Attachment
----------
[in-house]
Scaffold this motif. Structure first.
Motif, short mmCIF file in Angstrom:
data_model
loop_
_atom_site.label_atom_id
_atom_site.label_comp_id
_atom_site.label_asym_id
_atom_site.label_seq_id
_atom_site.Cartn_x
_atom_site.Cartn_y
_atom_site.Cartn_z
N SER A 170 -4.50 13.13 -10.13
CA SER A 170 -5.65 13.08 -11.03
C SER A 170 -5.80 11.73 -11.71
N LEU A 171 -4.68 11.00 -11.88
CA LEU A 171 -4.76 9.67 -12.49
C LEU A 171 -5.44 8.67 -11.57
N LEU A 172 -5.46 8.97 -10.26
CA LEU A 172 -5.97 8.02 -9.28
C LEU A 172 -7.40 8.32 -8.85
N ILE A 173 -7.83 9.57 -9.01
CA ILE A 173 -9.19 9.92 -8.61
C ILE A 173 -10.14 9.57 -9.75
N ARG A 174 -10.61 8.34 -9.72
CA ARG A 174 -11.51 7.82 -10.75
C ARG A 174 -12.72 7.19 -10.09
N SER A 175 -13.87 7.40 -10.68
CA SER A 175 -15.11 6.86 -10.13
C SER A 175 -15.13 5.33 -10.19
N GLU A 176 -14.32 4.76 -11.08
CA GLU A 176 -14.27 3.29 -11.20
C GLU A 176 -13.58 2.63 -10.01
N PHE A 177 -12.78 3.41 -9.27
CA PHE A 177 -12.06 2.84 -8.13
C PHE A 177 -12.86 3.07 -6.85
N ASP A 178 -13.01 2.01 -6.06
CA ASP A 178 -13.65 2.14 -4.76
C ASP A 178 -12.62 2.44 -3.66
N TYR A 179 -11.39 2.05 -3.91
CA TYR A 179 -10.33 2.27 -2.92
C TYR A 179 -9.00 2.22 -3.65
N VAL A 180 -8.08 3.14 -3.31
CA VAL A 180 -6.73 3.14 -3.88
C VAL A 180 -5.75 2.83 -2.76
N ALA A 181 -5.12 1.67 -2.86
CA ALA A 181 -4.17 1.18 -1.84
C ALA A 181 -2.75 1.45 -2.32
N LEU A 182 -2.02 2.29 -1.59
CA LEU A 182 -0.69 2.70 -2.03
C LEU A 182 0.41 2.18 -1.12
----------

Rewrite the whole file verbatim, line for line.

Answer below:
[in-house]
Scaffold this motif. Structure first.
Motif, short mmCIF file in Angstrom:
data_model
loop_
_atom_site.label_atom_id
_atom_site.label_comp_id
_atom_site.label_asym_id
_atom_site.label_seq_id
_atom_site.Cartn_x
_atom_site.Cartn_y
_atom_site.Cartn_z
N SER A 170 -4.50 13.13 -10.13
CA SER A 170 -5.65 13.08 -11.03
C SER A 170 -5.80 11.73 -11.71
N LEU A 171 -4.68 11.00 -11.88
CA LEU A 171 -4.76 9.67 -12.49
C LEU A 171 -5.44 8.67 -11.57
N LEU A 172 -5.46 8.97 -10.26
CA LEU A 172 -5.97 8.02 -9.28
C LEU A 172 -7.40 8.32 -8.85
N ILE A 173 -7.83 9.57 -9.01
CA ILE A 173 -9.19 9.92 -8.61
C ILE A 173 -10.14 9.57 -9.75
N ARG A 174 -10.61 8.34 -9.72
CA ARG A 174 -11.51 7.82 -10.75
C ARG A 174 -12.72 7.19 -10.09
N SER A 175 -13.87 7.40 -10.68
CA SER A 175 -15.11 6.86 -10.13
C SER A 175 -15.13 5.33 -10.19
N GLU A 176 -14.32 4.76 -11.08
CA GLU A 176 -14.27 3.29 -11.20
C GLU A 176 -13.58 2.63 -10.01
N PHE A 177 -12.78 3.41 -9.27
CA PHE A 177 -12.06 2.84 -8.13
C PHE A 177 -12.86 3.07 -6.85
N ASP A 178 -13.01 2.01 -6.06
CA ASP A 178 -13.65 2.14 -4.76
C ASP A 178 -12.62 2.44 -3.66
N TYR A 179 -11.39 2.05 -3.91
CA TYR A 179 -10.33 2.27 -2.92
C TYR A 179 -9.00 2.22 -3.65
N VAL A 180 -8.08 3.14 -3.31
CA VAL A 180 -6.73 3.14 -3.88
C VAL A 180 -5.75 2.83 -2.76
N ALA A 181 -5.12 1.67 -2.86
CA ALA A 181 -4.17 1.18 -1.84
C ALA A 181 -2.75 1.45 -2.32
N LEU A 182 -2.02 2.29 -1.59
CA LEU A 182 -0.69 2.70 -2.03
C LEU A 182 0.41 2.18 -1.12